"We came up on a Sunday, and I had to have a couple of negative Covid tests before going. And those had to be spaced out over a certain period of time. So was there is some of that going on before I came up. And when we arrived we had a skate later that day, and a pregame skate at some point before we had the game. Colten asked me to step in as a forward at that time, based on how everyone was playing and what they needed to fill. Basically I worked the next day, and went straight into the game. And luckily in January, I had landed a a full time remote job, so that was very helpful for me being able to do that with the Whale. I played the game, and as you know the next day we ended up opting out and leaving. But I’m very grateful I got to go up there even just for the couple of days to play. I don’t think you could trade for the location that they were doing it at and the rink they were playing. The Whale had a really good run, and it was unfortunate the way it ended, but it was just one of those things. You have to appreciate what happened prior to it ending. And then of course it was definitely awesome to be able to restart it again a little bit, and finish it out. “

Rachael (left) on the ice in the starting line-up for the Pod in Lake Placid on 1/31/21 Photo courtesy of the Connecticut Whale

We usually refer to Rachael as one of our Florida Whale, along with Grace Klienbach, Huey Huertas, Stephanie Mock who all played together in Season Three and as youngsters with Team Florida. But, she was actually born a bit further north, in Salisbury, Maryland. Rachael explained “Yes, basically I spent the first 3-4 years of my life in Maryland. I was born there, but most of my life I’ve lived in Florida. That’s why I put that to be my home town.” We noted that a few other Whale also hailed from Maryland, like her Lindsay Berman, Haley Skarupa, and her Season Four teammate Sam Walther.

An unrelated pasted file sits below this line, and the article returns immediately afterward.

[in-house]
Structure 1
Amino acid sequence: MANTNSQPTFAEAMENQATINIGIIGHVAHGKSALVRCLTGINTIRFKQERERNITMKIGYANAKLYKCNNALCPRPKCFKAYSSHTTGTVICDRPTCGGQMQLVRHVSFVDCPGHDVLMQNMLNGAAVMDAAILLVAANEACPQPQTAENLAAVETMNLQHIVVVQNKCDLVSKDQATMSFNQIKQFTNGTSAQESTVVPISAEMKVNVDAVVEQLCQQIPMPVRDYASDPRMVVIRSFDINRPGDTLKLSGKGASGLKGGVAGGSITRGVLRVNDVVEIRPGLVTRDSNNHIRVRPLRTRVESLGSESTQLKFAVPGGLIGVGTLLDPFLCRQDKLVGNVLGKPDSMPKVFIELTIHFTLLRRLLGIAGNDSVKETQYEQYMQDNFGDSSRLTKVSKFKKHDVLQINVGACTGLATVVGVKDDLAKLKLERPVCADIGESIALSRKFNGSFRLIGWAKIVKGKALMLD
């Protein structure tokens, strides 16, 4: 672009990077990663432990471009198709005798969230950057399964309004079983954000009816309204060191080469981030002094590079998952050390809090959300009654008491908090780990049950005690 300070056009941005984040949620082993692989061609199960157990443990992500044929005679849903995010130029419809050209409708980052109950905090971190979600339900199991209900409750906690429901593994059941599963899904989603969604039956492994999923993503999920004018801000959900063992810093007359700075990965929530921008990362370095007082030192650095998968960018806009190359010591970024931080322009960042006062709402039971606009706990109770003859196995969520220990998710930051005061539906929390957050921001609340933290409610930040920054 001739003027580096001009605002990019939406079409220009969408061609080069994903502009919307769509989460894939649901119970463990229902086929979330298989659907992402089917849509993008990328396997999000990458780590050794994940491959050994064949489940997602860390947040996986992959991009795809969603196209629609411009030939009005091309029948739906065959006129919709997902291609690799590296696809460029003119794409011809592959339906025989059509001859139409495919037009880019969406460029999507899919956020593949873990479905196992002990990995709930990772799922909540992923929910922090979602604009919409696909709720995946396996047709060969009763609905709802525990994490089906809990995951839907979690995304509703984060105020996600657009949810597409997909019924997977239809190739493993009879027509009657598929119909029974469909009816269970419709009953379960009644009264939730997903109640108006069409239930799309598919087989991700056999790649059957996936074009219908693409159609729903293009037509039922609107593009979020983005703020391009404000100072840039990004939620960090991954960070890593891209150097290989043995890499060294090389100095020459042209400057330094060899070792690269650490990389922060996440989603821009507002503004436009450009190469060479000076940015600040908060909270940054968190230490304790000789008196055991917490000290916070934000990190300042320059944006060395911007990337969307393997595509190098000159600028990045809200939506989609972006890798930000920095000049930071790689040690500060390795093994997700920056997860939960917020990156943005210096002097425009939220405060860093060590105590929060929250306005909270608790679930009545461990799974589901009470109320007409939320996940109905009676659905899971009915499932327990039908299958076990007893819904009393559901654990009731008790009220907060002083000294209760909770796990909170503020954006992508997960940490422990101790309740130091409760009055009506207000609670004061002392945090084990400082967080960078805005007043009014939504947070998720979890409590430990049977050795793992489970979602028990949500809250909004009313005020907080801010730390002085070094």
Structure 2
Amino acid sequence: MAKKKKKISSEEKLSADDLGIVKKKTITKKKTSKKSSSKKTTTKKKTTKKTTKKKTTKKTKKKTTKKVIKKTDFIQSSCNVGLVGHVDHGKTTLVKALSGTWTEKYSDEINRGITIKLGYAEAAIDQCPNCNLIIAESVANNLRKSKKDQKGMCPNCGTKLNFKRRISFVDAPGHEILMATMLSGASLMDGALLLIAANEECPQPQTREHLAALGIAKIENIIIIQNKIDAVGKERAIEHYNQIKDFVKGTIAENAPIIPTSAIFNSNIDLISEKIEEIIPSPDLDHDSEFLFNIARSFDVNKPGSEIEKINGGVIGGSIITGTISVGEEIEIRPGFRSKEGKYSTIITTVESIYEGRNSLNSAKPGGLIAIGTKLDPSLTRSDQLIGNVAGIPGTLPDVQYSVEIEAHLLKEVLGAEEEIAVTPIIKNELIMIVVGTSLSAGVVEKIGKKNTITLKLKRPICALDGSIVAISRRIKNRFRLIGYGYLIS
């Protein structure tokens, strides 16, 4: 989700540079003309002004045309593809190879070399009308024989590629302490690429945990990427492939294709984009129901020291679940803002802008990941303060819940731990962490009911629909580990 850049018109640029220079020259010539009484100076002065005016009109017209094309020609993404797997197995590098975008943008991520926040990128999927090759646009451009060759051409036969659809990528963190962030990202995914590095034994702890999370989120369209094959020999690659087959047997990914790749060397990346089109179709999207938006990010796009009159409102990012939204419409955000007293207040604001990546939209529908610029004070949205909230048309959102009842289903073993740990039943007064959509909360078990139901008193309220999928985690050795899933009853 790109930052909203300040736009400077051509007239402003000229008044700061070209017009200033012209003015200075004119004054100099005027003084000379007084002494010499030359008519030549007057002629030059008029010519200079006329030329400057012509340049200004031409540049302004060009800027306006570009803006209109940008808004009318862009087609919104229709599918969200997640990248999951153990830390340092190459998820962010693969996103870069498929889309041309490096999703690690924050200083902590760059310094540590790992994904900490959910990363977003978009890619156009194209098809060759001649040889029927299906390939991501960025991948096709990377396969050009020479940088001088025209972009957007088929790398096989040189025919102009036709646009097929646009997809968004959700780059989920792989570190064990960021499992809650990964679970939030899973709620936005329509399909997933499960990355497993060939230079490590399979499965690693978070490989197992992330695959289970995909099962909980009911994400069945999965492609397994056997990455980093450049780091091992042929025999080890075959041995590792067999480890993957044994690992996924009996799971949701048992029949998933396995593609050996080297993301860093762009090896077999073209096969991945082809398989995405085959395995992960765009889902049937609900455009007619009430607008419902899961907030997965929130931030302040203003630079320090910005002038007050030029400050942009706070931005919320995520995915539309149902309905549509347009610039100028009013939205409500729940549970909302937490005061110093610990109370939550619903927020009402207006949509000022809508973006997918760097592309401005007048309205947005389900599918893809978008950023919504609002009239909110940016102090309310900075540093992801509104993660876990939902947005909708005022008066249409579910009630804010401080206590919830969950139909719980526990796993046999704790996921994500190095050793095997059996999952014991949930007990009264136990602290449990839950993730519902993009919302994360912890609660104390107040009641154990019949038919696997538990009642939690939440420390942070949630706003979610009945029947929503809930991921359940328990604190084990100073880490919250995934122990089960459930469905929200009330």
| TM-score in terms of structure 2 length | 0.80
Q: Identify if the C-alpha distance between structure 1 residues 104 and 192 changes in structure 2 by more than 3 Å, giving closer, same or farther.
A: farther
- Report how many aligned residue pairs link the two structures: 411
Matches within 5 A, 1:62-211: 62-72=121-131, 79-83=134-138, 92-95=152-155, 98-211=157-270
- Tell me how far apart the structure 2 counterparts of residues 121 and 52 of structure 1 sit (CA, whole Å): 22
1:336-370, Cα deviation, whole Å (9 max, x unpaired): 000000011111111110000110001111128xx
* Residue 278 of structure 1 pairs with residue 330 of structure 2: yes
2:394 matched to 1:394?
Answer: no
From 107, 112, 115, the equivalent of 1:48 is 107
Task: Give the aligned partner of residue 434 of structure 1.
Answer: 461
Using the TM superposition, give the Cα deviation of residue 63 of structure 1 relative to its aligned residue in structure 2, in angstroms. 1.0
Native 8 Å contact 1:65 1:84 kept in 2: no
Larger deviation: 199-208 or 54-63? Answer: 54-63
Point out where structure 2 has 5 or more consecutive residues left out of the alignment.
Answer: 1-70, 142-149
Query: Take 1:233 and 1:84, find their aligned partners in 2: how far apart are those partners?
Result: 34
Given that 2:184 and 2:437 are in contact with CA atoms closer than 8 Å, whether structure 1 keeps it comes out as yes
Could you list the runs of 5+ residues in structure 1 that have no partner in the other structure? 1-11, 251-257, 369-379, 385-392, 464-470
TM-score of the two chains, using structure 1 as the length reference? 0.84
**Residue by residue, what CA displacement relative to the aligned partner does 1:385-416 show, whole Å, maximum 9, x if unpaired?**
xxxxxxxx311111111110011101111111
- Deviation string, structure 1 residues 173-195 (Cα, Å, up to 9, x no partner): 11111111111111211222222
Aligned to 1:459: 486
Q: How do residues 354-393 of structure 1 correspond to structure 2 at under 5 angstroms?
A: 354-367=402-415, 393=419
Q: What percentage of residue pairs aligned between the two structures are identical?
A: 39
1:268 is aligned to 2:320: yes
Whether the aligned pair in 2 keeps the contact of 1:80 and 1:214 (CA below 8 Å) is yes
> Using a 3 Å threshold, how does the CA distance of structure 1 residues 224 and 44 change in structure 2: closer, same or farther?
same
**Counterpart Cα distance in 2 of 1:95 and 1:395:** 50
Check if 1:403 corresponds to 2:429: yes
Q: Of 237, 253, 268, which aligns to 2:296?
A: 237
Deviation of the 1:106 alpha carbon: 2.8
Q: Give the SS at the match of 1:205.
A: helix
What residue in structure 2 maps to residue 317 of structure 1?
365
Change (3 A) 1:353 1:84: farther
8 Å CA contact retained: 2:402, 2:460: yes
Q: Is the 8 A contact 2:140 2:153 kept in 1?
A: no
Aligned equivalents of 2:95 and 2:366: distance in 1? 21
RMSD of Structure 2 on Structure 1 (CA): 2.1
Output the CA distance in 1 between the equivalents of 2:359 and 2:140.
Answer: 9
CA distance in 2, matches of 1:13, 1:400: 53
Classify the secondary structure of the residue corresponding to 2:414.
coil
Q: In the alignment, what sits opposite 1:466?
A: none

Rachael revealed “Haley Skarupa was one that we used to play against each other. She was a year above me, but we played against the organization she was with when I was in Florida. Then we actually played against each other in the junior league, she ended up being on a team from that area called the Pride, ironically, I think I played against the organization she was with, Montgomery, when I played with Team Florida when I was still U12 or so. . But then in Juniors, when I went to the Boston Shamrocks, she was playing on the Pride, and that’s when I played directly against her.”

Cetacean Nation also inquired about some recent travel Rachael had done in California, and learned a little more about her personal geography. She told us

"My locational status is a little complicated over the past few years.and even though I’m originally from Florida, that’s where my parents lived for most of my life. The same year I moved to Connecticut they moved to Cali. So now I go home and visit my family there in California which is pretty cool. And they have a house in SoCal, in the Valley near Palm Springs, very much a desert area. So I was visiting them and I got to see all the pets. They’ve got a new puppy, and I got to see my Mom’s tortoise, which is pretty cool. He lives outside and kind of runs around, and we feed him lots of lettuce. He loves that lettuce! And both of my sisters were home. So It was a really great time. I didn’t think I would like the desert but upon visiting it, I thought is was cool. So much more than you would expect out of a desert.”  Fins Up to that!

Last year when we interviewed former Whale Assistant Coach Mike Bonelli, he remarked that he had seen Rachael play some rec league games and that she looked strong and fast. We wondered if that was part of her offseason training, and how she had been able to adapt in terms training during the pandemic. Rachael has always had speed, but Cetacean Nation thought she looked really quick in her shifts at Lake Placid. she responded